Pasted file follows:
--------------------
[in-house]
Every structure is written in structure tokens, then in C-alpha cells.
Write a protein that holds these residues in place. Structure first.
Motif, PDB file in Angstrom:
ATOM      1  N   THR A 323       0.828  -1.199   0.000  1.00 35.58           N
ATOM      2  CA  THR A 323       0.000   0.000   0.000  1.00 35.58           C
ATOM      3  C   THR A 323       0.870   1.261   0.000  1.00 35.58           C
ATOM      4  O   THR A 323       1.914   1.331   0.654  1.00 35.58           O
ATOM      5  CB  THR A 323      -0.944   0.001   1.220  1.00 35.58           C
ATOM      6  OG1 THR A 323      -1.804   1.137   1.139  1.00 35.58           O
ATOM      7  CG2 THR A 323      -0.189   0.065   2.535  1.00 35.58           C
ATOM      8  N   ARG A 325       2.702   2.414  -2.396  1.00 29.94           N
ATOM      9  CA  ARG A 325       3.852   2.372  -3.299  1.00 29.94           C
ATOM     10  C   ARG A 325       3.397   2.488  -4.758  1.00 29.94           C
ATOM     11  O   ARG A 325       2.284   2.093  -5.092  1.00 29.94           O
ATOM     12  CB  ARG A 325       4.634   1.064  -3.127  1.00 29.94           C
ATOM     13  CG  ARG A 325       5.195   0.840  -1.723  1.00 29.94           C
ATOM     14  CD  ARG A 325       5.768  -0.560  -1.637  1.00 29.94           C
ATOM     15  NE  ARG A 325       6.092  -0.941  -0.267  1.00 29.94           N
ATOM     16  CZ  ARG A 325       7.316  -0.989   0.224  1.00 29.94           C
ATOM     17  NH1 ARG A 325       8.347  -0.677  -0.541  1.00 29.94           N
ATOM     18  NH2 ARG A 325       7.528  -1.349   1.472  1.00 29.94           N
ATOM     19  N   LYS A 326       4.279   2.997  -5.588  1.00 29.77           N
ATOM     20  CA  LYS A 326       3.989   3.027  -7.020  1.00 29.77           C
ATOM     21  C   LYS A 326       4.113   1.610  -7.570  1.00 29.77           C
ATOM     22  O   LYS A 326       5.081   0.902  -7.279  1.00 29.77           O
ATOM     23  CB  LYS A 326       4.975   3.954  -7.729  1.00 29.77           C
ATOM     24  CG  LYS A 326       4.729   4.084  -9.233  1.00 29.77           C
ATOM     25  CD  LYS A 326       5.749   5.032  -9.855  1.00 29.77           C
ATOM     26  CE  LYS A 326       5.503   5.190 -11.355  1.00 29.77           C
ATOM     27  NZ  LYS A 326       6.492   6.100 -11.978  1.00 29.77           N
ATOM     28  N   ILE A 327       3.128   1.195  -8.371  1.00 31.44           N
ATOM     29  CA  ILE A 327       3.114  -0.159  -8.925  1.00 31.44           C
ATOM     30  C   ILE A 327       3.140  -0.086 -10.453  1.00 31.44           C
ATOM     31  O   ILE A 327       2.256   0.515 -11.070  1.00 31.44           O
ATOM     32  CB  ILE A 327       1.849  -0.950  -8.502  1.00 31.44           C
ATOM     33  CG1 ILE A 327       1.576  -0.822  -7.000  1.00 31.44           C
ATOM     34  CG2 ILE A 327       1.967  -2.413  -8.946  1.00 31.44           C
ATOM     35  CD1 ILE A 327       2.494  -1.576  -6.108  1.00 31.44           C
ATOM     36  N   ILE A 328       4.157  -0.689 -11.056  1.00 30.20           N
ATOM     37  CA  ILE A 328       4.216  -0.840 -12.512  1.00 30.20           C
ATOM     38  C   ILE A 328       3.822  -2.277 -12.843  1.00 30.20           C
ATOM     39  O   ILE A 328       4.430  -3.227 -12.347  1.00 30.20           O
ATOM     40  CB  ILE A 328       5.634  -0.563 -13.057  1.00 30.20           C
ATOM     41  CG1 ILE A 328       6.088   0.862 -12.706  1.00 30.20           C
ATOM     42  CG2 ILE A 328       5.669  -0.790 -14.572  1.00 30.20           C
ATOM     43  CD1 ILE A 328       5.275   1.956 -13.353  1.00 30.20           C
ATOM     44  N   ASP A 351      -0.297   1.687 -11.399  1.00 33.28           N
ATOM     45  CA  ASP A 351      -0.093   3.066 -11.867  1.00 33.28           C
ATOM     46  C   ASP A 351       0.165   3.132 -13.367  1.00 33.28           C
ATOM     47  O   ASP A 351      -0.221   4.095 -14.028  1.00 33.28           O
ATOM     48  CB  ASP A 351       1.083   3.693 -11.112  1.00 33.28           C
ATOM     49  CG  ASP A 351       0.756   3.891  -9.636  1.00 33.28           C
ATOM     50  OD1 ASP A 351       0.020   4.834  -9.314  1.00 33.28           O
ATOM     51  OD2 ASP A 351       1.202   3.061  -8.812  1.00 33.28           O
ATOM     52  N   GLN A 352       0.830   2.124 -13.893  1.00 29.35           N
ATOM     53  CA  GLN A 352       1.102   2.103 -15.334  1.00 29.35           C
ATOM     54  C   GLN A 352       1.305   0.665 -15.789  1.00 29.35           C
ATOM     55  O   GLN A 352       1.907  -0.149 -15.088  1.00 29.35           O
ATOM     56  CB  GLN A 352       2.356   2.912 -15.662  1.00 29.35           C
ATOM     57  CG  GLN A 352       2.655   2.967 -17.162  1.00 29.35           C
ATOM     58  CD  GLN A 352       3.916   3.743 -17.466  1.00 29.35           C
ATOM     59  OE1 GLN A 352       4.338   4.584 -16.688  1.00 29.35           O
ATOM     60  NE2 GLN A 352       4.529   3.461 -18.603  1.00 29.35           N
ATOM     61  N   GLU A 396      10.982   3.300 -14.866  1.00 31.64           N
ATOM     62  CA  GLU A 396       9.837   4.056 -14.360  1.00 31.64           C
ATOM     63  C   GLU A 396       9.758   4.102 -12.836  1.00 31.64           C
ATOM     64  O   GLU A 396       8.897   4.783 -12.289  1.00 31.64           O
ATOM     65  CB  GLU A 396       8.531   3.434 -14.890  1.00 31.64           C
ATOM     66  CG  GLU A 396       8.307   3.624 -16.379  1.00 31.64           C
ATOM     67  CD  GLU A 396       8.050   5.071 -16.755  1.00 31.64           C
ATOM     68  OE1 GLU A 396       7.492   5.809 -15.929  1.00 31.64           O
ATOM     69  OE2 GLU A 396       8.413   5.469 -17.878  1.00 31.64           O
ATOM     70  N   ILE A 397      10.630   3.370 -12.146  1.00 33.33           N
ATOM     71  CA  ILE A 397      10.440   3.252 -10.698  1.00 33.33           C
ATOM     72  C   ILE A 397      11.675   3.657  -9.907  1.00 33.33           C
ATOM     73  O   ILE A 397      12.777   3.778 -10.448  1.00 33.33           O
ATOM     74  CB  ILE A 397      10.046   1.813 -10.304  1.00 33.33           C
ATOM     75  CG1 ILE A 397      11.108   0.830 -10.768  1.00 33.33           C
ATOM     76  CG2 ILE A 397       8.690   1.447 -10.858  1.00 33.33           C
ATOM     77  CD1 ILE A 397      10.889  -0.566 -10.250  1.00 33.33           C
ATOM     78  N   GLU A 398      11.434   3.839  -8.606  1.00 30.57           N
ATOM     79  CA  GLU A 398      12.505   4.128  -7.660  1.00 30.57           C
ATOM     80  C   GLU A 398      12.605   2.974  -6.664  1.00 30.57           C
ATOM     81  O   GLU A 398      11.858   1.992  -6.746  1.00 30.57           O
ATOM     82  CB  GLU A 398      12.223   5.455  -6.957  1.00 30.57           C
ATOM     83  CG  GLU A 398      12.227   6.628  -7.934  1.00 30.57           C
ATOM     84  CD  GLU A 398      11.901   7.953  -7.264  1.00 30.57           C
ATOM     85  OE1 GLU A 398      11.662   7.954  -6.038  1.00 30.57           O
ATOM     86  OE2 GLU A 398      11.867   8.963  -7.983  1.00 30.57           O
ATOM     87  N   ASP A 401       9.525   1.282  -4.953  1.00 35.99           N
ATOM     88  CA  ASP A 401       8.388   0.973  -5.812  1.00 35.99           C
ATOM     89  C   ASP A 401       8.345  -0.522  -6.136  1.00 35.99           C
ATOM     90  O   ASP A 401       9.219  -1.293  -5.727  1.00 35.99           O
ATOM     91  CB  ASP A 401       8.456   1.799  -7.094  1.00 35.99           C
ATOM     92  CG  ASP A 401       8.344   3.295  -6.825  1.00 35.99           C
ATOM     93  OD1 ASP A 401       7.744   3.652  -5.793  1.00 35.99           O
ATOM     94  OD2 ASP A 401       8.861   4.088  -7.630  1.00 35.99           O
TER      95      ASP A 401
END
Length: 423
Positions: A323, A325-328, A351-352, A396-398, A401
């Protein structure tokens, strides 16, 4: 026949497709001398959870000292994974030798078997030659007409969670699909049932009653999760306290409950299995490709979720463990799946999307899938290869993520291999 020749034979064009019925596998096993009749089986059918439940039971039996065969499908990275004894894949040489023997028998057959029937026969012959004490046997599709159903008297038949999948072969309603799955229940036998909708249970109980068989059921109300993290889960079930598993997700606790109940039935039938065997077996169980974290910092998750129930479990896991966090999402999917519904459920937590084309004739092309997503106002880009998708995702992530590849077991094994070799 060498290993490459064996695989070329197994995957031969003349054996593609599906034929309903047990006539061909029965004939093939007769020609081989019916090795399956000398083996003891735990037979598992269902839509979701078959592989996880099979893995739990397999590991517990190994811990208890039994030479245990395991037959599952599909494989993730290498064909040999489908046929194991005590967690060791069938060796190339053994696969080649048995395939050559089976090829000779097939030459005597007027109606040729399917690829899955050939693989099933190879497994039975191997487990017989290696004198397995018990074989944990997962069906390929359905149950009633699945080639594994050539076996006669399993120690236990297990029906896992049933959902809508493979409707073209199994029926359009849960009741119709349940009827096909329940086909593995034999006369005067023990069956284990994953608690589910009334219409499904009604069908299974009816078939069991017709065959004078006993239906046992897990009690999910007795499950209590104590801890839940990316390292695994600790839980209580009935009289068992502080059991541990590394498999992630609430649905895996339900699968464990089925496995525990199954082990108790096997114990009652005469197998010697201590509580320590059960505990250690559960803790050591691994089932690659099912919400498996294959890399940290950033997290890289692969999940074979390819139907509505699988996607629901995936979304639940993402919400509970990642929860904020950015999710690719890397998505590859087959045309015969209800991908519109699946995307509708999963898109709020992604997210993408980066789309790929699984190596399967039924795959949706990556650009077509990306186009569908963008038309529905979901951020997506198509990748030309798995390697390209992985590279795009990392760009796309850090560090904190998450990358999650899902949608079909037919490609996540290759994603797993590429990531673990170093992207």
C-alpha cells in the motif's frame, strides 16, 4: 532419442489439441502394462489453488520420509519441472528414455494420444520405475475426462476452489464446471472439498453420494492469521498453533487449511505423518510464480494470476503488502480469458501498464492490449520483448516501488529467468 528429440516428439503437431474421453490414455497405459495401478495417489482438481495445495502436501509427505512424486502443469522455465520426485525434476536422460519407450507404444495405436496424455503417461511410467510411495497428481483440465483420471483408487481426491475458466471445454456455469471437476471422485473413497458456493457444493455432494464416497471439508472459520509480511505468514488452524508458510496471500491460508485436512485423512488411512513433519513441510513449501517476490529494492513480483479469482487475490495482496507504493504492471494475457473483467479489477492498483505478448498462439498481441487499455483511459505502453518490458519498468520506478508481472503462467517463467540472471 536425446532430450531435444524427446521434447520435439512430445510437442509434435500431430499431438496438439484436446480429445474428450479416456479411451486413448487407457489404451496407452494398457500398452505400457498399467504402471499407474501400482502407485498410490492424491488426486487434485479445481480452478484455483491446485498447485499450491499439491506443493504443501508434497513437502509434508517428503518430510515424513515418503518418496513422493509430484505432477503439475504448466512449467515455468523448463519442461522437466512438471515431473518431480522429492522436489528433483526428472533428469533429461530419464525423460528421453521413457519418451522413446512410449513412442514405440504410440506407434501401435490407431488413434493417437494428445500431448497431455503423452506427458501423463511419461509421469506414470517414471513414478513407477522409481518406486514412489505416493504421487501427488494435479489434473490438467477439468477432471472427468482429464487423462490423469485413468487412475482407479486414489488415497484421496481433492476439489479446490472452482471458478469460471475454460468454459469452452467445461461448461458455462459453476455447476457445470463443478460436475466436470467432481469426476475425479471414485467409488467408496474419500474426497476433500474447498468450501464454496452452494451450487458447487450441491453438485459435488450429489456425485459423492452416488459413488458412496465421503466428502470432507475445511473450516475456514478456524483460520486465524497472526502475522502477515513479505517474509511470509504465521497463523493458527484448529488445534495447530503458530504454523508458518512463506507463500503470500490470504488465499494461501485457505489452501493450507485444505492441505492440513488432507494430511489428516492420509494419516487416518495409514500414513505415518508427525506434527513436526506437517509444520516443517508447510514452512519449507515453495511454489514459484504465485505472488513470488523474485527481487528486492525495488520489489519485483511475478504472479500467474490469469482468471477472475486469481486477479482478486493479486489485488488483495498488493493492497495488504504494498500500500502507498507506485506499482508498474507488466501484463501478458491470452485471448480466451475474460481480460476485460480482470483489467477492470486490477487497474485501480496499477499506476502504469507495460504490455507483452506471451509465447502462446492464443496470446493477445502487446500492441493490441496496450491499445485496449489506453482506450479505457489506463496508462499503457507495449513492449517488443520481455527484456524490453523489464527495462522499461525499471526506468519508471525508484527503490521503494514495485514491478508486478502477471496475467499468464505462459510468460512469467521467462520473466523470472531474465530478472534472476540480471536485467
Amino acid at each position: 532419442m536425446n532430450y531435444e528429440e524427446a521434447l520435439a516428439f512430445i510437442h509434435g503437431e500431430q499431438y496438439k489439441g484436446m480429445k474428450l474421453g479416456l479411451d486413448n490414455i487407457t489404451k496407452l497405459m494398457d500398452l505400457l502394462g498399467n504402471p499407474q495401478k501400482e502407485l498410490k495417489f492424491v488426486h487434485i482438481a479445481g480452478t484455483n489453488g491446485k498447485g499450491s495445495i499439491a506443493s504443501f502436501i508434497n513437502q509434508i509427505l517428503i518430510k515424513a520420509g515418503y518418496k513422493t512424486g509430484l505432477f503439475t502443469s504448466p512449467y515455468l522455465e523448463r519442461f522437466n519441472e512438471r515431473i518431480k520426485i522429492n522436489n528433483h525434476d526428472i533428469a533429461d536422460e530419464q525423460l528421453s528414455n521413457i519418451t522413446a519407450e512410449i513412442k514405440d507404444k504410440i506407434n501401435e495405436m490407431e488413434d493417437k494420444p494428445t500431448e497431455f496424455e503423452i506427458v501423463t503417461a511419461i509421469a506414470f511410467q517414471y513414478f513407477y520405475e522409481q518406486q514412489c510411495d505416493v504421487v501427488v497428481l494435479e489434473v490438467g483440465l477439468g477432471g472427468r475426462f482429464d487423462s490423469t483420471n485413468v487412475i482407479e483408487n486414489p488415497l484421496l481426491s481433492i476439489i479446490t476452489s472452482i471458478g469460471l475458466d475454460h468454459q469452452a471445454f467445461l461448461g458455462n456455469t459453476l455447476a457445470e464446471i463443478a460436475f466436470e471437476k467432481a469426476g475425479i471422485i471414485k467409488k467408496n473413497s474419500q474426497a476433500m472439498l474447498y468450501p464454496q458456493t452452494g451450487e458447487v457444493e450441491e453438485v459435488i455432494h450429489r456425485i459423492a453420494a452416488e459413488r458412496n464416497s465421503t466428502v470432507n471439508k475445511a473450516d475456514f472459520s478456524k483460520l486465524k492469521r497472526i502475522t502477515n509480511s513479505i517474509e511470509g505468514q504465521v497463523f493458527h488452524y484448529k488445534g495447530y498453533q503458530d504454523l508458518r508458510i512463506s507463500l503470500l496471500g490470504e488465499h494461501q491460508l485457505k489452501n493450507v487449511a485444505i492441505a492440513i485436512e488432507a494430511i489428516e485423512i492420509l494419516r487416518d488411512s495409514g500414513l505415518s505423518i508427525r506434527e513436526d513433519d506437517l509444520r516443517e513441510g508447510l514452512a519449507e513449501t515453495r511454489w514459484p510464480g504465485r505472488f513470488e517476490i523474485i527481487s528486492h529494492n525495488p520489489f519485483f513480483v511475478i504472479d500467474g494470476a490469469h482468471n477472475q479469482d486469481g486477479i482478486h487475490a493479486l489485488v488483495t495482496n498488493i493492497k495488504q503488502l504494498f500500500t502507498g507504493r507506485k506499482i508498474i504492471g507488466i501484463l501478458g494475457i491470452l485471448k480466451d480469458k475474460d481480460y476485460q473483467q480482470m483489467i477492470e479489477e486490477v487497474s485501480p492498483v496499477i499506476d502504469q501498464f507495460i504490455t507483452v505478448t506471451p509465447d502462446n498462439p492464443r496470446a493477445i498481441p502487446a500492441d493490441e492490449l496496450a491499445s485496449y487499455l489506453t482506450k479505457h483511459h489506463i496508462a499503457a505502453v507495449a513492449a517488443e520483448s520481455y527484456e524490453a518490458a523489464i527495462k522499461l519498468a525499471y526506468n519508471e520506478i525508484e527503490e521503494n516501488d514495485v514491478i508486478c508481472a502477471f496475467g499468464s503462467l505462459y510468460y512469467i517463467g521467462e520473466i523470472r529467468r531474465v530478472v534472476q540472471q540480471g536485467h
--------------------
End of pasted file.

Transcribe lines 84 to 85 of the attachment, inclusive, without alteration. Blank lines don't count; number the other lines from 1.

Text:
ATOM     80  C   GLU A 398      12.605   2.974  -6.664  1.00 30.57           C
ATOM     81  O   GLU A 398      11.858   1.992  -6.746  1.00 30.57           O